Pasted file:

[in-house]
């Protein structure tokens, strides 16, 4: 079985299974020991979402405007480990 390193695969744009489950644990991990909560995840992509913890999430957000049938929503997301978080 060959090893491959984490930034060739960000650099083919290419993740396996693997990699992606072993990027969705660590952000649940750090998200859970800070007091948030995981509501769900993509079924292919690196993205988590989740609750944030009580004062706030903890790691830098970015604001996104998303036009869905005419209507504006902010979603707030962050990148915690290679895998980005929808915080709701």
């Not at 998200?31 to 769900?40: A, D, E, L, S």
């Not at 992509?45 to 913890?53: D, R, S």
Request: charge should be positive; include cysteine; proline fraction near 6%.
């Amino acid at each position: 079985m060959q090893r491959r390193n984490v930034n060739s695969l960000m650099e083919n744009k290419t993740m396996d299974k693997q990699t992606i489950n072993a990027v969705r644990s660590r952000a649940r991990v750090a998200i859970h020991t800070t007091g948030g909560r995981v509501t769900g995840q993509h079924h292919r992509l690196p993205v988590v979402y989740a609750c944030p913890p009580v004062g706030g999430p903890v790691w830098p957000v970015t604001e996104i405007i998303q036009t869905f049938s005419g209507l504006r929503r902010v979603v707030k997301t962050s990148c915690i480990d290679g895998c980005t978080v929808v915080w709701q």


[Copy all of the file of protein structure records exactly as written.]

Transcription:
[in-house]
């Protein structure tokens, strides 16, 4: 079985299974020991979402405007480990 390193695969744009489950644990991990909560995840992509913890999430957000049938929503997301978080 060959090893491959984490930034060739960000650099083919290419993740396996693997990699992606072993990027969705660590952000649940750090998200859970800070007091948030995981509501769900993509079924292919690196993205988590989740609750944030009580004062706030903890790691830098970015604001996104998303036009869905005419209507504006902010979603707030962050990148915690290679895998980005929808915080709701």
């Not at 998200?31 to 769900?40: A, D, E, L, S």
């Not at 992509?45 to 913890?53: D, R, S």
Request: charge should be positive; include cysteine; proline fraction near 6%.
């Amino acid at each position: 079985m060959q090893r491959r390193n984490v930034n060739s695969l960000m650099e083919n744009k290419t993740m396996d299974k693997q990699t992606i489950n072993a990027v969705r644990s660590r952000a649940r991990v750090a998200i859970h020991t800070t007091g948030g909560r995981v509501t769900g995840q993509h079924h292919r992509l690196p993205v988590v979402y989740a609750c944030p913890p009580v004062g706030g999430p903890v790691w830098p957000v970015t604001e996104i405007i998303q036009t869905f049938s005419g209507l504006r929503r902010v979603v707030k997301t962050s990148c915690i480990d290679g895998c980005t978080v929808v915080w709701q």